6. Aidan says:

    I bought a new i5 cpu and a (gigabyte) mobo last week, but not an entire system. Does this affect me?

  7. Simeon says:

    Hi again,
    Why are we talking about i7s and i5s at all and making this more confusing. My understanding is that every 1155(p67, h67) board manufactured so far is having this nasty little problem built into it. And it’s supposed that it’s manifesting is a statistical thing but it’s sure to be there. This is something that might need a bit more clarification for me.
    When you’re talking about contacting the PC manufacturer you’re actually meaning the store the product(motherboard in this case) is bought from? I’m probably gonna give it a few weeks to rest and then start doing something about it. Are we supposed to prove that the problem has manifested itself to a critical level before being able to get our board changed? I suppose that there is known to be a problem and that’s gonna be enough.

  8. Kieran says:

    Hi I just purchased an i7 2600k a few days ago. Should I be worried? I’m only going to be using two SATA ports. O and 1.

  9. Mojo says:

    I bought an Intel DP67BG ATX motherboard on 15th of January 2011 .. is this motherboard affected? Tanks.

  10. patyal says:

    I do have the identical problem with SATA interface on Intel motherboard carrying 945G chipset. The divices connected through SATA interface often report error in I/O’s with mainboard.

  11. Ryan McMillan says:

    How do I know if I am affected by the fault is Intel going to make a list of motherboards affected or part numbers ect.. as I was an early adopter of sandy bridge and not sure if I got a older board or a newer board with the defected chip-set as I did buy my board after the general realise date of January 9th 2011.

  12. Ken Kopsky says:

    With all due respect; That’s just plain silly–Ask everyone NOT to use a portion of their system. I have one of the affected boards (DH67BL) and it ain’t in no laptop! And I bought it to use the SATA II ports in addition to the SATA III. I don’t see how you can say there’s little impact when the numbers being tossed around include $700 million and eight million boards in just under a month.

  13. Chris Stychinsky says:

    I chose and bought the intel DP67BG Extreme Series board from NewEgg exactly on January 18, 2010. When contacting NewEgg today regarding the recall, I was informed to stay tuned for announcements as they await further information from Intel. My questions are:
    Am I expected to receive the same motherboard model (with corrected chipset)or will a new model be provided?
    If it is the same motherboard model (DP67BG) being provided for exchange and my hardware remains the same, will I need to reformat/reinstall windows 7?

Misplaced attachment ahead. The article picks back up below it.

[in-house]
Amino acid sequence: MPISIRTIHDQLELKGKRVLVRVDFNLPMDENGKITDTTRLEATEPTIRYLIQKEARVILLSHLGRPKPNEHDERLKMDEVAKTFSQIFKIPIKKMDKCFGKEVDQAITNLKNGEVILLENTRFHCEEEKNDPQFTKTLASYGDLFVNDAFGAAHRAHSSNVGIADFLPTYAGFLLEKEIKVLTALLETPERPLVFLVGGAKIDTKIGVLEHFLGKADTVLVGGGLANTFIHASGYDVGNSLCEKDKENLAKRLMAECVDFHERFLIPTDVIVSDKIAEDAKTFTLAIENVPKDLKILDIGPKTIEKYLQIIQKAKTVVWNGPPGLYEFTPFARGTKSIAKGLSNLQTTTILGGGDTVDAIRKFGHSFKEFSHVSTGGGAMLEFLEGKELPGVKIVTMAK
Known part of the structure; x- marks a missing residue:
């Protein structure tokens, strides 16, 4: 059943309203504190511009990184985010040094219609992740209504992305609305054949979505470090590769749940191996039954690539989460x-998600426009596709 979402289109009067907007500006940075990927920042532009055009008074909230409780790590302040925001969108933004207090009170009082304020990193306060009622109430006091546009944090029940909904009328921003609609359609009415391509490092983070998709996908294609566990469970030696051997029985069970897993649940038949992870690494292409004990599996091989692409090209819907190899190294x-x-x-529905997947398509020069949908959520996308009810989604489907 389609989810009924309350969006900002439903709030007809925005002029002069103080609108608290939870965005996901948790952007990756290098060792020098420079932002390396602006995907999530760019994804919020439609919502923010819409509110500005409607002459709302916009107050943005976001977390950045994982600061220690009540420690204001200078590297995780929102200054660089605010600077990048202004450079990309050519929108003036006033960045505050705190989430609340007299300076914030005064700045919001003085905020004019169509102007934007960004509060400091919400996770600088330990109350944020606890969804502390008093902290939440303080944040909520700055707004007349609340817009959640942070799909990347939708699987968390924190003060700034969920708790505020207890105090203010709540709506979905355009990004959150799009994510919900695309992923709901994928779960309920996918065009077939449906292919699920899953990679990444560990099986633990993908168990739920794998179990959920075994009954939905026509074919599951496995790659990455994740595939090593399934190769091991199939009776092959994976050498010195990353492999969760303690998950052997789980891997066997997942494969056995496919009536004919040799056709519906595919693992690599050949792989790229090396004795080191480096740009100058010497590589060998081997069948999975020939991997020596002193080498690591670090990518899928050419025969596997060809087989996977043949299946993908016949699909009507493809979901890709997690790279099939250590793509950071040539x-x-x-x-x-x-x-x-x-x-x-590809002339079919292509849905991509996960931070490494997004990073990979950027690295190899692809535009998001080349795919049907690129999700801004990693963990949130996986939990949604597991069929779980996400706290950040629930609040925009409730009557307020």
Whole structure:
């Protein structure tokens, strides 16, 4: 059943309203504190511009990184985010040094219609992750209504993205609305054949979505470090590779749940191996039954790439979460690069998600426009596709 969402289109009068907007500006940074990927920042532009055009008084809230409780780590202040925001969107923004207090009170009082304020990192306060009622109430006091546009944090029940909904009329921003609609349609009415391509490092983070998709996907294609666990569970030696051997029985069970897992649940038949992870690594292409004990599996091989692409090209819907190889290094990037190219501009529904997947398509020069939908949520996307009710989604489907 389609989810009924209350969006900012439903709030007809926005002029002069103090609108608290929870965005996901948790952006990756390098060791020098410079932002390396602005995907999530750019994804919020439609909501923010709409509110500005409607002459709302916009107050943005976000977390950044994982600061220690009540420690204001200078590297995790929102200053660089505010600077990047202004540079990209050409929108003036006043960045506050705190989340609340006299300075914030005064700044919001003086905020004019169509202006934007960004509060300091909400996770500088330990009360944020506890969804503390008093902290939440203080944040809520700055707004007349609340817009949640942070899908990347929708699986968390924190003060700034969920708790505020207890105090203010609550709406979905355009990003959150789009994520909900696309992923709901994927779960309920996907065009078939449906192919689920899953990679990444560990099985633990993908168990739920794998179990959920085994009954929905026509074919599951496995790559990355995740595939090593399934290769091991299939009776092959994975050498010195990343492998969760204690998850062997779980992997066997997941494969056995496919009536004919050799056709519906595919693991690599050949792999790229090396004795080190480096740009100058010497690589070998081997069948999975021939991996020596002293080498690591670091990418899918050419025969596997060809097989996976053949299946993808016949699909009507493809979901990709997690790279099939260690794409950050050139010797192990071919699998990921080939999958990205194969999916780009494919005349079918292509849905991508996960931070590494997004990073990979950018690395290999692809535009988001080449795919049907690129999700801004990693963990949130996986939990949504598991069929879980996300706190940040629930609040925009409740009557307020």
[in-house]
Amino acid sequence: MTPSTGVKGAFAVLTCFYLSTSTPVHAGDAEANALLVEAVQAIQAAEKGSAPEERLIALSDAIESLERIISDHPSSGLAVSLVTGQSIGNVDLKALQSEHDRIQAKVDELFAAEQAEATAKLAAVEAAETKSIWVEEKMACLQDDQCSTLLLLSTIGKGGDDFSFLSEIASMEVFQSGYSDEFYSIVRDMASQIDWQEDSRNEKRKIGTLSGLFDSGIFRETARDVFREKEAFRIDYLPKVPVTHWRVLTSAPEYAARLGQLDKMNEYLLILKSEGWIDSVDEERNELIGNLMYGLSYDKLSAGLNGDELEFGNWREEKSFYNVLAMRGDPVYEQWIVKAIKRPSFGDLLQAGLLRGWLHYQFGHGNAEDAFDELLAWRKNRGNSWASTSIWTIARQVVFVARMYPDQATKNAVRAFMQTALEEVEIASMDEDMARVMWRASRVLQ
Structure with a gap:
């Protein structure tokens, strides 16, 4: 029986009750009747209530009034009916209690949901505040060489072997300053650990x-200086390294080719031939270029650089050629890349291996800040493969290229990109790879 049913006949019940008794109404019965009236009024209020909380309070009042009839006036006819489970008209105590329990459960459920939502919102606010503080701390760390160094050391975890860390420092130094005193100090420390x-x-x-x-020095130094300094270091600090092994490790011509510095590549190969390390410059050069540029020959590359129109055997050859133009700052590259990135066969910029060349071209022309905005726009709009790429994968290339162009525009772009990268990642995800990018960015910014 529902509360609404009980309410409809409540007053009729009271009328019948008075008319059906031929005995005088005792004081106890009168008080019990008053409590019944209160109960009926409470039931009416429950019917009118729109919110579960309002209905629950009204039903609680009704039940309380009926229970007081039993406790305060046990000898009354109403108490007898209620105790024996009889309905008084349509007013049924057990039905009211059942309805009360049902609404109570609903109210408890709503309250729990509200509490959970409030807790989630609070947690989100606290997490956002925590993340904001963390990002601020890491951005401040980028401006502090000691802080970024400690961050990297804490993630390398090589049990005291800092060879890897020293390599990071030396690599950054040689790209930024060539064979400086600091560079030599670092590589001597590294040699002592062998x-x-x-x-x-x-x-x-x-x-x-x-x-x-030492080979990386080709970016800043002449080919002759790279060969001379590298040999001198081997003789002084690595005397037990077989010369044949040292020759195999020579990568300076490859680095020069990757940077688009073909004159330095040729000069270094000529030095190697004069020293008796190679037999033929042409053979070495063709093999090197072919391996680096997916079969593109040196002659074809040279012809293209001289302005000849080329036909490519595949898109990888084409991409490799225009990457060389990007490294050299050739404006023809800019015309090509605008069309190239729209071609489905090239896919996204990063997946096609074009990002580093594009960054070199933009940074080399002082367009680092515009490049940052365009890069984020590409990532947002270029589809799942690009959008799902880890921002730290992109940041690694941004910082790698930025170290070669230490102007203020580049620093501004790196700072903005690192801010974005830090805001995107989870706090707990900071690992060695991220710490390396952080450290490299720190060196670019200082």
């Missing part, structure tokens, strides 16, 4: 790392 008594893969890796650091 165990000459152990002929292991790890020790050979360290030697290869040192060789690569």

14. Gary Bergamini says:

    When do you expect the retailers and PC manufacturers to be ready to respond? I have contacted both HP and Best Buy, but no one has any idea what I’m talking about.

  15. Gary Bergamini says:

    I just received a call from HP concerning this issue.
    They told me “HP will not replace my unit”. They also stated that “unless the unit is failing” they will not allow the return, replacement, or repair of this unit. Luckily I can still return it to Best Buy.
    I believe it is in Intel’s best interest to get the OEM manufacturers to agree with replacing or repairing these units, failing or not.
    The small number of defective units released, compared to the total that will eventually sell, would alone justify replacing these units, just for customer satisfaction alone.
    I know that if I return this unit, I probably will not purchase another from HP, and maybe not another at all, if I have to wait another 2 Months.
    I purchased my unit as a gift that was to be awarded late this week. 2 Months from now it won’t matter any more to this person, who will probably purchase their own by then. If the manufacturer stated that they would fix these units, fail or not, the gift would have been awarded.
    If the OEM won’t support this, then Intel is going to lose business.
    Thanks for listening.

  16. Joe Lovrek says:

    I purchased a “Lenovo IdeaPad Y560p (4397-22U) NoteBook Intel Core i7 2630QM(2.00GHz) 15.6″ 6GB Memory DDR3 1066 750GB HDD 5400rpm DVD±R/RW AMD Radeon HD 6570M” from Newegg.com and it has bad issues. It was one of the recalls. It boots up on first time use and says the computer was not shut down properly and you have to run a restore before you can even use it for the first time. Then, you have to restore a couple of times for the error to go away when booting. I would stay away from the Intel Core i7 2630QM laptops for now.